Baltimore bridge crash: How Indian crew of 22 stranded on board ship is faring

In the aftermath of the Francis Scott Key Bridge collision in Baltimore, the spotlight now shines on the 22 Indian crew members trapped inside the stranded cargo ship — Dali.

The crew members have found themselves thrust into an unexpected limelight following the tragic accident that claimed six lives. While officials probe the incident, questions linger about the experiences and challenges faced by the crew amidst the wreckage.

As uncertainties loom over the timeline for the ship’s extraction, the crew members continue to endure a rigorous schedule akin to their seafaring duties.

Chris James, who works for a consulting firm assisting the ship’s management company, Synergy Marine, told New York Times that the crew members have ample supplies of food and water, as well as plenty of fuel to keep the generators going.

Even when the National Transportation Safety Board chief Jennifer Homendy went onboard the ship this week, she said she saw the crew cooking.

“It smelled very good,” New York Times quoted Jennifer Homendy as saying.

The report also stated that the Dali crew members also have some leisurely facilities, like video game cabins, a gym, table tennis, a television and some magazines and books to read.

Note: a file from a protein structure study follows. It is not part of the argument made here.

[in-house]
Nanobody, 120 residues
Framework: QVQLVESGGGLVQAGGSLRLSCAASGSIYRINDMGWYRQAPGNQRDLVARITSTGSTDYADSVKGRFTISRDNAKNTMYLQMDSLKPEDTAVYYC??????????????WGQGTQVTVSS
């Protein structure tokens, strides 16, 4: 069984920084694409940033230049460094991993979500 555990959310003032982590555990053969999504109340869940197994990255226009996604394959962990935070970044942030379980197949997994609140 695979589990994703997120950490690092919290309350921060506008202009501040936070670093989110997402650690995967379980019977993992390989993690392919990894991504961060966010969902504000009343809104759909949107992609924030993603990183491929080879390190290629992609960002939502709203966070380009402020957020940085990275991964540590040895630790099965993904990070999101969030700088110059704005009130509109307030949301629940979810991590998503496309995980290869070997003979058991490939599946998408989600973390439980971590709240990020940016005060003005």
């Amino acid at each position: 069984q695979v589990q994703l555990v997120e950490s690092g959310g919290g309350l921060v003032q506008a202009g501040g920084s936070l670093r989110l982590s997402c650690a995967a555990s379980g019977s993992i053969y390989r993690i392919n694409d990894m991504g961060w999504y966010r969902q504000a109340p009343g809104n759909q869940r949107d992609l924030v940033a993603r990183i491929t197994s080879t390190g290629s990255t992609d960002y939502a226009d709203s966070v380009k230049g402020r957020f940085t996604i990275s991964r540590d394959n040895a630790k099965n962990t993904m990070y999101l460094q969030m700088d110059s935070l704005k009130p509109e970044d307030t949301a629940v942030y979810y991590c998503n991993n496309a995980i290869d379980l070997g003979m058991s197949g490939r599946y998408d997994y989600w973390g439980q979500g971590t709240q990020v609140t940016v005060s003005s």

Baltimore port officials have also sent two Wi-Fi hotspots for the crew as they did not have internet onboard.

However, there is still no official confirmation or timeline for when the ship will be extracted from the wreckage. Some officials said that efforts may be made to rotate the ship and facilitate its return as soon as the National Transportation Safety Board and Coast Guard conclude their investigation.

Last week, a team of US investigators boarded the container ship manned by Indian crew members and recovered its data recorder.

At least eight people went into the water, with six others presumed dead after the collision involving the Singapore-flagged Dali. It struck the 2.6km-long Francis Scott Key Bridge as the vessel left the busy port last week.

The ship collided with one of the pillars of the Francis Scott Key Bridge in Baltimore, plunging cars into the river. A construction crew of eight was fixing potholes on the bridge and fell into the river.

Published By:

Sahil Sinha

Published On:

Mar 31, 2024

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